I have expressed before my deep admiration for Vladimir Nabokov, one of the truly great writers and one of the truly great subjects for literary discussion. I tend to read anything about him that I come across, and so it was no surprise that I was attracted to read Stacy Schiff’s piece in the New Yorker entitled Vera Nabokov was the first and greatest champion of Lolita.
For anyone interested in the literature of the 20th century, this is an essential trip down memory lane, capturing the difficulties of publishing a book such as Lolita in Eisenhower’s America, and the reaction to it once published.
The heroine of Schiff’s article is Nabokov’s wife Vera, who at least once saved the manuscript from the flames and who it was who suggested, finally, publishing the book in Paris.
“It was Véra who thought, days after the fifth rejection, to pursue publication abroad. Might her husband’s longtime French agent, she wondered, be interested in a novel that could not be published in America, for reasons of “straitlaced morality”? The manuscript was of an “extreme originality,” a category that in the Nabokov household tended to overlap with outlandish perversity. Véra begged for a speedy reply.”
After Graham Greene had proclaimed Lolita to be one of the best three books of the year, American publishers crawled over each other to publish in the States. At the event to celebrate its publication by Putnam (and after), it was Vera who stood “as the fire wall between Vladimir Nabokov and Humbert Humbert.”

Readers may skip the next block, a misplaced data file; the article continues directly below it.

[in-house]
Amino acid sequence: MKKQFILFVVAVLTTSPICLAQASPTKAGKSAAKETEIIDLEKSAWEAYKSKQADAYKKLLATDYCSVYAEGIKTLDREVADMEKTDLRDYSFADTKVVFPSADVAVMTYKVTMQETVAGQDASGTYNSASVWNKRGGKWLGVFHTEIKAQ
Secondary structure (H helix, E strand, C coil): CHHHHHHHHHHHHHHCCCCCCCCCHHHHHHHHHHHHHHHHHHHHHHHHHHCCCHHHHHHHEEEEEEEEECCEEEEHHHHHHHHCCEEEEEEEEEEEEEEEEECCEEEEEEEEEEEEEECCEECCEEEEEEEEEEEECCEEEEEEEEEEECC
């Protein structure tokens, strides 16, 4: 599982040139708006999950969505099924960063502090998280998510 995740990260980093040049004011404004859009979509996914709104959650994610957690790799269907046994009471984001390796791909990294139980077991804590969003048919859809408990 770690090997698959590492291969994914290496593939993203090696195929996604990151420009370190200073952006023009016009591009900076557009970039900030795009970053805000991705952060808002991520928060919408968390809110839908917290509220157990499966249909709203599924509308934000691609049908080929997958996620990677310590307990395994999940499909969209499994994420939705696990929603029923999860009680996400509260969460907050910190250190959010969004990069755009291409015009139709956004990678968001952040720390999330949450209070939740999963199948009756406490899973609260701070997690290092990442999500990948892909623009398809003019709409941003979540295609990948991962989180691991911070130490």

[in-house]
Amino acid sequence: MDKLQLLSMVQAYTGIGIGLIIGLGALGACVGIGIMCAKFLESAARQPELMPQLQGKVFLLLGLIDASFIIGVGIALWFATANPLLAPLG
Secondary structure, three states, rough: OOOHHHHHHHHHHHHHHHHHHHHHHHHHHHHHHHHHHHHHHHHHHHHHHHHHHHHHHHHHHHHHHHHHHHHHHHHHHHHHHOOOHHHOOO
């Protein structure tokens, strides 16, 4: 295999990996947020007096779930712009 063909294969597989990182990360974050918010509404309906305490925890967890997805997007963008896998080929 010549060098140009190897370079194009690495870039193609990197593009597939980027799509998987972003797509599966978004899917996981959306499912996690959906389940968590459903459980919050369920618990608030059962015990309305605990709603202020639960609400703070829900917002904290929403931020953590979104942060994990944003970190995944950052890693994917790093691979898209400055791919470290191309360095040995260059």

“The New York Post took pains to observe that the author was accompanied to cocktails by “his wife, Véra, a slender, fair-skinned, white-haired woman in no way reminiscent of Lolita.” At that reception, as elsewhere, admirers told Véra that they had not expected Nabokov to show up with his wife of thirty-three years. “Yes,” she replied, smiling, unflappable. “It’s the main reason why I’m here … Véra’s presence kept the fiction in place, and Humbert’s monstrosity at bay. For the next few years, the words “who looks nothing like Lolita” obligatorily attached themselves to her name. She served as her husband’s badge of honor, his moral camouflage. She provided a comforting bit of misdirection. An accessory to the crime, Véra looked every inch the snowy-haired alibi.”
Schiff writes well about the book’s reception and its place in the canon of modern literature and Vera Nabokov’s role. She concludes:
“The long-suffering wife who stands at her husband’s side, lending moral cover, reliably serves to blot out another woman’s agony. Véra did just the opposite. She alone emphasized Lolita’s plight from the start. In interviews, among her husband’s colleagues, with family members, she stressed Lolita’s “complete loneliness in the whole world.” She had not a single surviving relative! Reviewers searched for morals, justifications, explanations. What they inevitably failed to notice, Véra complained, was “the tender description of the child’s helplessness, her pathetic dependence on monstrous Humbert Humbert, and her heartrending courage all along.” They forgot that “ ‘the horrid little brat’ Lolita was essentially very good indeed.”
Well worth the read (and so is Lolita if you haven’t done so already).